• The government is allowing all businesses to defer, until after August 31, 2020, the payment of any income tax amounts that become owing on or after March 18 and before September 2020. This relief would apply to tax balances due, as well as installments, under Part I of the Income Tax Act.
    • No interest or penalties will accumulate on these amounts during this period. You can see all Income tax filing and payment dates here:
  2. Deferral of Sales Tax Remittance and Customs Duty Payments
    • The government will allow businesses, including self-employed individuals, to defer until June 30, 2020 payments of the Goods and Services Tax / Harmonized Sales Tax (GST/HST), as well as customs duties owing on their imports.
      • Any GST/HST payment that becomes owing from March 27 until the end of May can be deferred until the end of June.
      • For GST and customs duty payments for imported goods, deferral will include amounts owing for March, April and May.
      • These amounts were normally due to be submitted to the Canada Revenue Agency and the Canada Border Services Agency as early as the end of March 2020.
    • You can learn more about the deferral of GST/HST tax remittances here:
  3. Suspending CRA audit activities
    • The Canada Revenue Agency will not contact any small or medium (SME) businesses to initiate any post assessment GST/HST or Income Tax audits for the next four weeks. For the vast majority of businesses, the Canada Revenue Agency will temporarily suspend audit interaction with taxpayers and representatives.

Establishing credit and loan facilities for small businesses

  1. Establishing a Business Credit Availability Program
    • The government established a Business Credit Availability Program (BCAP) to provide $40 billion of additional support through the Business Development Bank of Canada (BDC) and Export Development Canada (EDC).
    • BDC and EDC are working with private sector lenders to coordinate on credit solutions for individual businesses, including in sectors such as oil and gas, air transportation, exports and tourism. This program includes:
      • Loan Guarantee for Small and Medium-Sized Enterprises
        • EDC is working with financial institutions to issue new operating credit and cash flow term loans of up to $6.25 million to SMEs.
      • Co-Lending Program for Small and Medium-Sized Enterprises
        • BDC is working with financial institutions to co-lend term loans to SMEs for their operational cash flow requirements.
        • Eligible businesses may obtain incremental credit amounts of up to $6.25 million through the program.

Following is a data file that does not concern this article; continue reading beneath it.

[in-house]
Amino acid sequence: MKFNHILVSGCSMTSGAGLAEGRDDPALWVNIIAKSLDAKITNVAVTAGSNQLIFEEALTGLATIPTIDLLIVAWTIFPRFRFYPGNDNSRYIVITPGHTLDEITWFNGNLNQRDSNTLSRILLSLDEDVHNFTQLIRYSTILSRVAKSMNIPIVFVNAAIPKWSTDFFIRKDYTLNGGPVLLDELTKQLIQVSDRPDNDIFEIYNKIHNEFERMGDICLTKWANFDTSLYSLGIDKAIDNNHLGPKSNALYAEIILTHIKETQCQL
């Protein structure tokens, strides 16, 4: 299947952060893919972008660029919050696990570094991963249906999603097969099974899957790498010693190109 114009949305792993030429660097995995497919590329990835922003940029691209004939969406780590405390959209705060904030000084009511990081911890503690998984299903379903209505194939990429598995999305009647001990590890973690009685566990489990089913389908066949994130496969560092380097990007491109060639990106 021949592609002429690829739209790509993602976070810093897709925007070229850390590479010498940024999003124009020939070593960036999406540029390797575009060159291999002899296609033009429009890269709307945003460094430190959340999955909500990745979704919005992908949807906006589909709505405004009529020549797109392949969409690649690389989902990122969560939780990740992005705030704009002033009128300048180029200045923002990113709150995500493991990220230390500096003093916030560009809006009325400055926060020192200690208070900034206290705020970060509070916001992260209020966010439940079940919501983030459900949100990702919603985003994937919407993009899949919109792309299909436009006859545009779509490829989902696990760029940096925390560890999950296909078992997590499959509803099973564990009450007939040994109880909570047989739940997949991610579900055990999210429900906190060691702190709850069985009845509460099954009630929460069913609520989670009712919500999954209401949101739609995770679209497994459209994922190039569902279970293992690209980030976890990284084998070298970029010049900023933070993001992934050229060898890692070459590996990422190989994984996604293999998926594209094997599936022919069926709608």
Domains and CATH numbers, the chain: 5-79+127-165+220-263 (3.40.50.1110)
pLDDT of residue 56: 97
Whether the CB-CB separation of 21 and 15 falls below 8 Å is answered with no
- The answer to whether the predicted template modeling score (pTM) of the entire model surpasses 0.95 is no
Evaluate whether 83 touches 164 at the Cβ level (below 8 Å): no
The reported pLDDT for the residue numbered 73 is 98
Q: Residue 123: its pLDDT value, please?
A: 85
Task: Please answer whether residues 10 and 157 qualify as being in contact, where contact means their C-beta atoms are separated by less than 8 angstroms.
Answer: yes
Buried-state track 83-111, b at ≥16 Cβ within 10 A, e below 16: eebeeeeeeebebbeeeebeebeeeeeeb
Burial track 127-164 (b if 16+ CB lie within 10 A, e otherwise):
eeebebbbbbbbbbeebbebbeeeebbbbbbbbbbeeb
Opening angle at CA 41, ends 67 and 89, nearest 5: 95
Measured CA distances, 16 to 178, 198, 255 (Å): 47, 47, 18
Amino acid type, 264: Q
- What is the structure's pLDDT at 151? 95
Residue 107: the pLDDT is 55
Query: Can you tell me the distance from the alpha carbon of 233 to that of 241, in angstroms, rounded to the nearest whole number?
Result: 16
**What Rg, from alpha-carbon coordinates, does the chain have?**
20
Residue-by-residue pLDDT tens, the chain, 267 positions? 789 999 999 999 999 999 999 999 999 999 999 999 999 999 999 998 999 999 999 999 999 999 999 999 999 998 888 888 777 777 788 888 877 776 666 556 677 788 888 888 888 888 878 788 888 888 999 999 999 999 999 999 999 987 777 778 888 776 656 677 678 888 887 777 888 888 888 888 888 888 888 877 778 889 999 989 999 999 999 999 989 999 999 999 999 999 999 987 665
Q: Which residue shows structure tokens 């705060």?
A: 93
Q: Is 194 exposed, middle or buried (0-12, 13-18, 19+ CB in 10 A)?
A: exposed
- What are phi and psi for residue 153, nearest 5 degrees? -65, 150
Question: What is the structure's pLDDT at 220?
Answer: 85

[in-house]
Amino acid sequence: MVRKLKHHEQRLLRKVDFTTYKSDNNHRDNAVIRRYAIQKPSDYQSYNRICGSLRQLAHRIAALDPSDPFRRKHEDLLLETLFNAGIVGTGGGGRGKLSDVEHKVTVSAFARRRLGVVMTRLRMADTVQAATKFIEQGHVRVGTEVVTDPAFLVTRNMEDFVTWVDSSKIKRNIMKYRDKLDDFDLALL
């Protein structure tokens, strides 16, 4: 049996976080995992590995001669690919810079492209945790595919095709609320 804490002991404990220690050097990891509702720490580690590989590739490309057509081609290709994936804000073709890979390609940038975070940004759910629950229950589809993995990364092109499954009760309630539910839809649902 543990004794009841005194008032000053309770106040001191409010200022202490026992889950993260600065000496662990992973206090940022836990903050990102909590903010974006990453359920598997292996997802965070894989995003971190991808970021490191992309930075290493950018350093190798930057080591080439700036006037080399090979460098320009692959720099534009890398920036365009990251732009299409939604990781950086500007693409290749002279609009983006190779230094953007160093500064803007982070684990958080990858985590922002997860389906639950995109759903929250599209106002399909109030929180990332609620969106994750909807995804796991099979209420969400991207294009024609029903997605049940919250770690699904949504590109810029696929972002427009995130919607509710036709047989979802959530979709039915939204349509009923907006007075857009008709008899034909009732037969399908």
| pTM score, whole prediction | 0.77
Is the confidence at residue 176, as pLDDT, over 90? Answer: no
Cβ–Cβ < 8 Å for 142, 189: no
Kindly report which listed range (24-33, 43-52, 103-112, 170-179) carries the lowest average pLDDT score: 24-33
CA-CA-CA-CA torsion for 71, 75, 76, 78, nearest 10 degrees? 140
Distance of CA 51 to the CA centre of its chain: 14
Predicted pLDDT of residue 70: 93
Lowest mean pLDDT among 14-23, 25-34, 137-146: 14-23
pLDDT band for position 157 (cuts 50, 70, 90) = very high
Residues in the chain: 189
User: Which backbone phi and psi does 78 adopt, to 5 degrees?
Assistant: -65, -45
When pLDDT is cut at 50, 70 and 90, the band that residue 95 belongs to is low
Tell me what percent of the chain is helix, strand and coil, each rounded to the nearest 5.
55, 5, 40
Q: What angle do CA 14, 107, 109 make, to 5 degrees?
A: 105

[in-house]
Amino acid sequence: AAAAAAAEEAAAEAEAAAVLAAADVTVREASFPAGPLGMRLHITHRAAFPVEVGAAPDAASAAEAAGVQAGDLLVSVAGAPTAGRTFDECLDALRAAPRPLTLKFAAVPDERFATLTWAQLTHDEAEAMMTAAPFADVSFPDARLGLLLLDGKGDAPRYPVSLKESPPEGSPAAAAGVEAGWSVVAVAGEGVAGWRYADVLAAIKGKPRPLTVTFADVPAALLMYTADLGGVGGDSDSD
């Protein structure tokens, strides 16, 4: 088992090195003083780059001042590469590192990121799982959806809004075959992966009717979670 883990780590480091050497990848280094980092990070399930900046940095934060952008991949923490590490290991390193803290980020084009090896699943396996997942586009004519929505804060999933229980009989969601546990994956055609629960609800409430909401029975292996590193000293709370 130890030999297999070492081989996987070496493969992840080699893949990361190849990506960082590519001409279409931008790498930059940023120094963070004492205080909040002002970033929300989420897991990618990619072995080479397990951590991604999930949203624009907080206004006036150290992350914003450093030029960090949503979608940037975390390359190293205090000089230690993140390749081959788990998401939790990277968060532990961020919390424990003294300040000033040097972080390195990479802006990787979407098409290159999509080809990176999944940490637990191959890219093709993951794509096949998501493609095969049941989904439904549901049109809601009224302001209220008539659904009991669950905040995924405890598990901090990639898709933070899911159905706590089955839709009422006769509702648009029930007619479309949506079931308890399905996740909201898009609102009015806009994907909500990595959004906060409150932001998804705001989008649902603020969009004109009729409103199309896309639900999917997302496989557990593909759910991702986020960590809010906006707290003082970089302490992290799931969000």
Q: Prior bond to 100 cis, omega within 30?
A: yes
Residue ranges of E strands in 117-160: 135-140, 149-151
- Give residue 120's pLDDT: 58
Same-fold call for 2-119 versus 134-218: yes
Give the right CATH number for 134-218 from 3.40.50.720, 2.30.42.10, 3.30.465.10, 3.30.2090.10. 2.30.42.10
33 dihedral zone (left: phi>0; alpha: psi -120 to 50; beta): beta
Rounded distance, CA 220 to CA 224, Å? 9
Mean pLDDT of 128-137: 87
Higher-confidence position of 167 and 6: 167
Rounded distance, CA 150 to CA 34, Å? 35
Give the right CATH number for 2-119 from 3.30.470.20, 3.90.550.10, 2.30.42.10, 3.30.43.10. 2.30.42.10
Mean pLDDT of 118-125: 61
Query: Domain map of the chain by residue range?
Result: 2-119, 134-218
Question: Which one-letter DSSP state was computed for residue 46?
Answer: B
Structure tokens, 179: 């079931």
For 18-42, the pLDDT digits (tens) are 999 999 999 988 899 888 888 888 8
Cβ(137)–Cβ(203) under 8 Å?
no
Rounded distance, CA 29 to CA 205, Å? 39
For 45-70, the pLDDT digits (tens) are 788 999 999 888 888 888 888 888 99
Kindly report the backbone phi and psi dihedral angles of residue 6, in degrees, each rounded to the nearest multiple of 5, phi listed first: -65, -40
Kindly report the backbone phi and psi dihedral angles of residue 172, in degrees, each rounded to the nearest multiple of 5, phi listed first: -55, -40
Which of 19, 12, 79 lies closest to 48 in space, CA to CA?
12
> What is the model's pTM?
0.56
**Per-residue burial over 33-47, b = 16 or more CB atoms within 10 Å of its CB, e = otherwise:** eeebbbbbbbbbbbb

• These programs will roll out in mid-April and interested businesses should work with their current financial institutions. You can learn more about the Business Credit Availability Program (BCAP) here:
  2. Canada Emergency Business Account (CEBA)
    • The new Canada Emergency Business Account will provide interest-free loans of up to $40,000 to small businesses and not-for-profits, to help cover their operating costs during a period where their revenues have been temporarily reduced.
    • To qualify, these organizations will need to demonstrate they paid between $20,000 to $1.5 million in total payroll in 2019.
    • Business owners can apply for support from the Canada Emergency Business Account through their banks and credit unions. You can learn more about the Canada Emergency Business Account (CEBA) here:
  3. Canada Emergency Commercial Rent Assistance (CECRA)
    • The government intends introduce the Canada Emergency Commercial Rent Assistance (CECRA) program for small businesses that will seek to provide loans and/or forgivable loans to commercial property owners who in turn will lower or forgo the rent of small businesses for the months of April (retroactive), May, and June.
    • Implementation of the program will require a partnership with provincial and territorial governments who are responsible for property owner-tenant relationships. More details to be released by the government soon.

Supporting financial stability

  1. Relief for federally regulated pension plan sponsors
    • The federal government is providing immediate, temporary relief to sponsors of federally regulated, defined benefit pension plans in the form of a moratorium, through the remainder of 2020, on solvency payment requirements for defined benefit plans.